Wandering though the Society of Obstetricians and Gynaecologists of Canada (SOGC) annual conference I came across this interesting poster.

Stay on schedule


Intrigued, I checked it out and indeed StayOnSchedule.ca is an easy to use, handy guide for what to do if you have missed a dose or otherwise fallen off schedule with your hormonal contraception.

OB/GYNs field these calls a lot, but the time it takes to call and get a message back can easily be a day or more increasing the risk of unintended pregnancy never mind the anxiety. Many missed doses happen on vacation and it can be harder to reach your provider with time zone changes and panicking about getting a call back from your doctor doesn’t add to the charm of any vacation. Also, not every woman has a health care provider she can call.

We’ve known for years how to advise women in these scenarios, but somehow the information is just not common knowledge. Getting accurate information out there can be a challenge. Many women’s magazines seem more invested in the fictitious tragedy of a summer vagina than practical, health advice that women actually need. Wellness sites want to sell you product they don’t actually want you to be well. What is the point of information if there is no accompanying hand crafted, organic, apple cider contraceptive to sell?

The StayOnSchedule.ca guide is simple to use.

Start by clicking on your method of birth control.

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Ultimately I clicked on the progestin only pill (POP) or Mini Pill, If you choose the regular pill (combined oral contraceptive or COC) you also have to answer the week in which you missed your pill(s). If you ae doing extended cycle pills, meaning 12 weeks continuous of COCs then treat week 1 as week 1 and weeks 2-12 as weeks 2 and 3 (if that makes sense).

The next screen tells you your pegnancy risk. The Mini Pill is less forgiving than other methods.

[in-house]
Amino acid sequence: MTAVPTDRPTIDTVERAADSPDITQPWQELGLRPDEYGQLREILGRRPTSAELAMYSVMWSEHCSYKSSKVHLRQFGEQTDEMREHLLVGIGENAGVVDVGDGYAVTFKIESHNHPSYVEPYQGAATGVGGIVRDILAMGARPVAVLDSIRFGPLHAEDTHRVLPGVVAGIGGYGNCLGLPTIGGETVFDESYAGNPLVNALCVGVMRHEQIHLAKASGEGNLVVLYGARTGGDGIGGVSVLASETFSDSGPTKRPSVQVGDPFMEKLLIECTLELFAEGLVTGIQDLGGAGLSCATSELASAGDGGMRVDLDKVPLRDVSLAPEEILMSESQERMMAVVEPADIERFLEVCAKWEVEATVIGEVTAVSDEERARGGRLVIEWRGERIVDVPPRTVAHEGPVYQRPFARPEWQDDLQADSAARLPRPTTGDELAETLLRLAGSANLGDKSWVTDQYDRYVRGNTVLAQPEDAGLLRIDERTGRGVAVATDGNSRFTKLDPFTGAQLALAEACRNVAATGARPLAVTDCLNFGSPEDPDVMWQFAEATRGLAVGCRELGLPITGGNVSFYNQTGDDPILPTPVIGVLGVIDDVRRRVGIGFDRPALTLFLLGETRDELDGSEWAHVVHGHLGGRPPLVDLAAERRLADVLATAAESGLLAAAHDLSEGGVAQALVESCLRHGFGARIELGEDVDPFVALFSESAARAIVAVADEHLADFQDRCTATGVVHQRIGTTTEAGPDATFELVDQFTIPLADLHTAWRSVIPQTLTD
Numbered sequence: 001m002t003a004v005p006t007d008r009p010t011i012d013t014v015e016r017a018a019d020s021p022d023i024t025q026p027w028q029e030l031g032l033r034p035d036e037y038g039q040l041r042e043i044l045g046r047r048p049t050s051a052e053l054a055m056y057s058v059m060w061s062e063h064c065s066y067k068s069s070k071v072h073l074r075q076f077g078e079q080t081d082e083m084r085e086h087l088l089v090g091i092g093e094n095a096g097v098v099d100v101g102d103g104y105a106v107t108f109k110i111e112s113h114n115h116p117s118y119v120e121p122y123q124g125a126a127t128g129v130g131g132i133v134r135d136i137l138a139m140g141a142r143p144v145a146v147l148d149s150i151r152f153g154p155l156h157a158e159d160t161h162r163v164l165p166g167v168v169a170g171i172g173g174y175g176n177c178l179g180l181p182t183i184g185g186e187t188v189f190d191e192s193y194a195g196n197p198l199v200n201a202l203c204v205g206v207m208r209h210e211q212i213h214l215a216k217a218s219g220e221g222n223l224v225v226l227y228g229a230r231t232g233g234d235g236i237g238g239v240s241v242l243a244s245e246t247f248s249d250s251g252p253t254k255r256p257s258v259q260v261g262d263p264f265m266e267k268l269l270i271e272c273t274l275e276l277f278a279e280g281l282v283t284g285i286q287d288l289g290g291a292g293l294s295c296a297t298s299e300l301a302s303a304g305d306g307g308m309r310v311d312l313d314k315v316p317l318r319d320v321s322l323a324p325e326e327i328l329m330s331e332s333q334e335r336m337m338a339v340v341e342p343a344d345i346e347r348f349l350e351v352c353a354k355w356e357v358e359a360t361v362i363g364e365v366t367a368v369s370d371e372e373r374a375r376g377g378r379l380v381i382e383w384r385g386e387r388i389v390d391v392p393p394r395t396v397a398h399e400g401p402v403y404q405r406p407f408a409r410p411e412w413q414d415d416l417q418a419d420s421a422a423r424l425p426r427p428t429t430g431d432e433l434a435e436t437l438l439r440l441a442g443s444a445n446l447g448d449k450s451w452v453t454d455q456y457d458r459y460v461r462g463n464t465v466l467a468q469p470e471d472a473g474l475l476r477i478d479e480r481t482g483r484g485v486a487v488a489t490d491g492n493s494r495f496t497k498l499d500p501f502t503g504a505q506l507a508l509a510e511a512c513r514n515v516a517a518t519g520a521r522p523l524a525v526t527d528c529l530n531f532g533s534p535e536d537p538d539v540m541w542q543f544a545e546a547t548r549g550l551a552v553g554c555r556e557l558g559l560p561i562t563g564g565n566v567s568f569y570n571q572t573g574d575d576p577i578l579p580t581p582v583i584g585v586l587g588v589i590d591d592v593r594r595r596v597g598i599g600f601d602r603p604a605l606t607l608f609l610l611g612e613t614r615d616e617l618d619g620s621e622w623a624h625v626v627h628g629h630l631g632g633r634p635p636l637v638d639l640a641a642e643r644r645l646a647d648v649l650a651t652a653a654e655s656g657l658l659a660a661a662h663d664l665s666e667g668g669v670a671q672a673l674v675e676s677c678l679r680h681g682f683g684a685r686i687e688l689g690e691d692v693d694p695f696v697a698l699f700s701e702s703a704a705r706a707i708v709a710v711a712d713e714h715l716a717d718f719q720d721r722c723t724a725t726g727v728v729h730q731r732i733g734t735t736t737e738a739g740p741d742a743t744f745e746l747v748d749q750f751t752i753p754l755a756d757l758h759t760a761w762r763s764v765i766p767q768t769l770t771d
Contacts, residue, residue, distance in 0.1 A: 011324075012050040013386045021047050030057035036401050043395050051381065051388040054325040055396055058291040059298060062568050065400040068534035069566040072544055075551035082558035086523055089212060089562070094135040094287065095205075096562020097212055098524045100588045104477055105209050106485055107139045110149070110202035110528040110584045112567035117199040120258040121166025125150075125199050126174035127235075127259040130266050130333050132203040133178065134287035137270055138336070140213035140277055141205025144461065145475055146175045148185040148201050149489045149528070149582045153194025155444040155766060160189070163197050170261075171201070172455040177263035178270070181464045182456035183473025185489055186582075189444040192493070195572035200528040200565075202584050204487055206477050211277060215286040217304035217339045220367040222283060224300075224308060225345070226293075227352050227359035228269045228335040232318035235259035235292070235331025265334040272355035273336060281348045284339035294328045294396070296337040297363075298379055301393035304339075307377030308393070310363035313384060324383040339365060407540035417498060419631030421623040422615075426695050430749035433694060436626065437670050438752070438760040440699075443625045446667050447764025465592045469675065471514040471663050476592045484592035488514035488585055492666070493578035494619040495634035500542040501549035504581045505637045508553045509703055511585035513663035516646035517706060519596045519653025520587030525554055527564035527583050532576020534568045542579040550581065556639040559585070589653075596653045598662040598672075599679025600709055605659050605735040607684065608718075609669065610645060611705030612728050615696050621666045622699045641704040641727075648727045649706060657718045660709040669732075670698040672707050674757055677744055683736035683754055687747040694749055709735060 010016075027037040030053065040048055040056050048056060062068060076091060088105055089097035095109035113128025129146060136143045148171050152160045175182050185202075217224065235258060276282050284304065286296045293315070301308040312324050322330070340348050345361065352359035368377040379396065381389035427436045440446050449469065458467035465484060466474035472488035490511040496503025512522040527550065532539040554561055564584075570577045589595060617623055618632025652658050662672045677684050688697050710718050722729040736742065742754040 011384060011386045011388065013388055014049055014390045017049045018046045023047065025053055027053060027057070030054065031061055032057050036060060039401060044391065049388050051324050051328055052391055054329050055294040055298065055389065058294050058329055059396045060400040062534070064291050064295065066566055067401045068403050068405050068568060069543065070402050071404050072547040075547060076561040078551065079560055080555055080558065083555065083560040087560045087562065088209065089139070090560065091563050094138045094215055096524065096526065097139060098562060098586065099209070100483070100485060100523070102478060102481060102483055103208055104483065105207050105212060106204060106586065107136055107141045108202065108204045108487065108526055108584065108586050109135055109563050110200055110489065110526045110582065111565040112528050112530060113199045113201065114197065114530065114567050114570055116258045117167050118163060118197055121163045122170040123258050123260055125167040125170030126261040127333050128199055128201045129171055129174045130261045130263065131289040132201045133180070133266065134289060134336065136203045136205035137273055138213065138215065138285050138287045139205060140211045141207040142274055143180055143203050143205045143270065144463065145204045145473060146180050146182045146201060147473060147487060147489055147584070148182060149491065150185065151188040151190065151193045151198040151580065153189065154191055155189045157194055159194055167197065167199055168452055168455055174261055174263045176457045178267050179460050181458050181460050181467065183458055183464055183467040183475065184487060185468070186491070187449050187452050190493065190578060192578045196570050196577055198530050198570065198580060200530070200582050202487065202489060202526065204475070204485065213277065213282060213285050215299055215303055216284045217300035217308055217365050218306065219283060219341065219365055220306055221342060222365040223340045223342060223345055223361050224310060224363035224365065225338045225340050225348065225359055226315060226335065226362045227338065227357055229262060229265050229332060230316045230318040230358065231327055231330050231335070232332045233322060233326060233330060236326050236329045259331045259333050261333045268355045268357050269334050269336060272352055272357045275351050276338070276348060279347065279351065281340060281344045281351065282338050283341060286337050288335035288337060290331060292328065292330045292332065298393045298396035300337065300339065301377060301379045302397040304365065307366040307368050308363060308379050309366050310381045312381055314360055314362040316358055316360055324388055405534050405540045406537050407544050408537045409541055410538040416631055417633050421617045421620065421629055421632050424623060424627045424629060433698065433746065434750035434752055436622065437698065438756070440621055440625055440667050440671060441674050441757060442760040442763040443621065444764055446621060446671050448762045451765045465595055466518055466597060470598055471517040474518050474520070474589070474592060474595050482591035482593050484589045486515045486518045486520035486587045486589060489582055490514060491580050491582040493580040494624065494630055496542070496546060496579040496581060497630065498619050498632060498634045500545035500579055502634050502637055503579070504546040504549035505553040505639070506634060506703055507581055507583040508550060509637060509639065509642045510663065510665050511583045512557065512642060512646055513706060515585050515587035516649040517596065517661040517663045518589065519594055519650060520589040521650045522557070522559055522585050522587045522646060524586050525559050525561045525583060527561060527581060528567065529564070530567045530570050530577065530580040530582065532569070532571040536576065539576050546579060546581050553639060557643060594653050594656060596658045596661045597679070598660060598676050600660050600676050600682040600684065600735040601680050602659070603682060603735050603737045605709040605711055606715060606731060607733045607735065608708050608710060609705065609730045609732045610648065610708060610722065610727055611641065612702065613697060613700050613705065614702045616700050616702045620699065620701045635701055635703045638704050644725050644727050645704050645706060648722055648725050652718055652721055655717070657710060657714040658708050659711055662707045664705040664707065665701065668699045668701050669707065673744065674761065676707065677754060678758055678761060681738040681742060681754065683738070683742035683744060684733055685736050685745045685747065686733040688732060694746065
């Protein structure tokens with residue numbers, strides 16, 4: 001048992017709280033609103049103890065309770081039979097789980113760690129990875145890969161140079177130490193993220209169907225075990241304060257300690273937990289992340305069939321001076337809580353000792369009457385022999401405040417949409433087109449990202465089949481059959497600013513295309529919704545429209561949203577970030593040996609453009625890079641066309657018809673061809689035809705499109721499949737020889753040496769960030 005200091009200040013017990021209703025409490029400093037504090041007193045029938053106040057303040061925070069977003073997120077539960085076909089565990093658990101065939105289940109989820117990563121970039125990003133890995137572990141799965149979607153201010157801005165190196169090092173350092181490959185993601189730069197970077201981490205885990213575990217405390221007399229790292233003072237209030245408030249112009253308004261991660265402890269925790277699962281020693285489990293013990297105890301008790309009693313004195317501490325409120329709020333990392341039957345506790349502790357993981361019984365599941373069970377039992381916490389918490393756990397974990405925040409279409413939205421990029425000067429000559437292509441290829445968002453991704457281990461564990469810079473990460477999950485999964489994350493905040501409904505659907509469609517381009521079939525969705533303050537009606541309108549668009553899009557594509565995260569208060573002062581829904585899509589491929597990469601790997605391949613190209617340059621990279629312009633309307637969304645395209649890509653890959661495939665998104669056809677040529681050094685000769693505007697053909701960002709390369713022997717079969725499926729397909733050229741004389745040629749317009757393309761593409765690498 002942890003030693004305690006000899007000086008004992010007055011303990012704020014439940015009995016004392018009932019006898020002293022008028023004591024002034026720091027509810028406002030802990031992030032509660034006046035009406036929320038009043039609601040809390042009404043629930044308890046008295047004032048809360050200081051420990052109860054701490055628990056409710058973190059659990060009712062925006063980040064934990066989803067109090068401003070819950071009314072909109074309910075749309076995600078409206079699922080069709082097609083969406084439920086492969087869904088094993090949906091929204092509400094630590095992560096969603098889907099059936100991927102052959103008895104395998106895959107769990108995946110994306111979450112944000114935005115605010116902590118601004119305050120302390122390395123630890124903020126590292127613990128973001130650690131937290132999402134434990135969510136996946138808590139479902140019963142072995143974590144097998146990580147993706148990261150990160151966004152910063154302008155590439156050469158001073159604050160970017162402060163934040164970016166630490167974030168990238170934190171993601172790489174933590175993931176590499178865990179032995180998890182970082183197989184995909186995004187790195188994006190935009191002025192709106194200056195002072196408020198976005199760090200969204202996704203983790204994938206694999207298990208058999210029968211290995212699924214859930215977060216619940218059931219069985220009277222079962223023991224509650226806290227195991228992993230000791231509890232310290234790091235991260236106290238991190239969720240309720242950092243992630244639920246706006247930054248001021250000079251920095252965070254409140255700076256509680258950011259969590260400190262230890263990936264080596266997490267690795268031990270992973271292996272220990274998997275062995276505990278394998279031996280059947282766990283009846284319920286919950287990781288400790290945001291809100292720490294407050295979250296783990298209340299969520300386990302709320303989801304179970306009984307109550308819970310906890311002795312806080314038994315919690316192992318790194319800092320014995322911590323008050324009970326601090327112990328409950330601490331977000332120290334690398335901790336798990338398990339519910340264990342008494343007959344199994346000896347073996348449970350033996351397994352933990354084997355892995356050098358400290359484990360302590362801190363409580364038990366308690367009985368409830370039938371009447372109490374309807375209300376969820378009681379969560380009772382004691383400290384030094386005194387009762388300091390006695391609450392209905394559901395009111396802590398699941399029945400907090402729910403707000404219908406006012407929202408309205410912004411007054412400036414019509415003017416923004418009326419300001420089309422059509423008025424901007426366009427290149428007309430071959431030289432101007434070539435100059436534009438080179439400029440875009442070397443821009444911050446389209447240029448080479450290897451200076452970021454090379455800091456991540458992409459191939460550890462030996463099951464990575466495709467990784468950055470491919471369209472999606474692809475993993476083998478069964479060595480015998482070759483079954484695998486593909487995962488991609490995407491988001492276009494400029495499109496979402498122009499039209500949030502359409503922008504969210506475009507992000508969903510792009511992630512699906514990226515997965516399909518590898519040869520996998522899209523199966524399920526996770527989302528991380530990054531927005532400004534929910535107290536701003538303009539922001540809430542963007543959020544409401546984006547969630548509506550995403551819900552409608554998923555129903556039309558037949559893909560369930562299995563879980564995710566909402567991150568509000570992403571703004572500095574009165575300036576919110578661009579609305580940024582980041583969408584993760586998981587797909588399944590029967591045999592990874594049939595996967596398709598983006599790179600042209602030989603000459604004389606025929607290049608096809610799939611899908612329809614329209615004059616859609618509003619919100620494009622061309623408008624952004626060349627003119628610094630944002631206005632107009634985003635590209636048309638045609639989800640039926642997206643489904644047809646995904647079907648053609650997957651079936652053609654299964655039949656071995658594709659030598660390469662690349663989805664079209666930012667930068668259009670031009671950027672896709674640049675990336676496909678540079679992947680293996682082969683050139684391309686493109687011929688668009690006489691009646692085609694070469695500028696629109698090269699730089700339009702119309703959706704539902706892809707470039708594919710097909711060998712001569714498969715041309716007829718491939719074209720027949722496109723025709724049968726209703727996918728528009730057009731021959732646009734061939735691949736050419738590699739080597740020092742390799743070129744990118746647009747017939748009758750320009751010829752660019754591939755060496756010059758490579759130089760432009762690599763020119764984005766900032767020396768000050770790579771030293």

To help you understand what you should do next you will be asked about when you last had unprotected sex.

Screen Shot 2018-06-27 at 11.06.45 AM.png

If you had unprotected sex then it tells you about your risk, emergency contraception, and how long to use a back up method before you can rely once again on your hormonal method.


Screen Shot 2018-06-27 at 11.07.00 AM.png


Pretty simple and very informative.

The site is easy to navigate and the information is accurate. And free!

If you are on hormonal birth control consider bookmarking StayOnSchedule.ca so you can have easy access to OB/GYN approved information about missed doses whenever and wherever you need it.




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  1. This is great. but I wish I hadn’t learnt that Teen Vogue* were promoting the idea of “summer vagina”. That is something I cannot now unlearn. Ulp.

    *Having said which, I recall they have done some powerful pieces on Trump and modern politics. Win some, lose some, I guess.

  2. This is great! The only thing I take issue with is the late injection period for the shot. The CDC gives a two week grace period for a total of 15 weeks (not 14). Other than that, fantastic! Thanks for sharing this.

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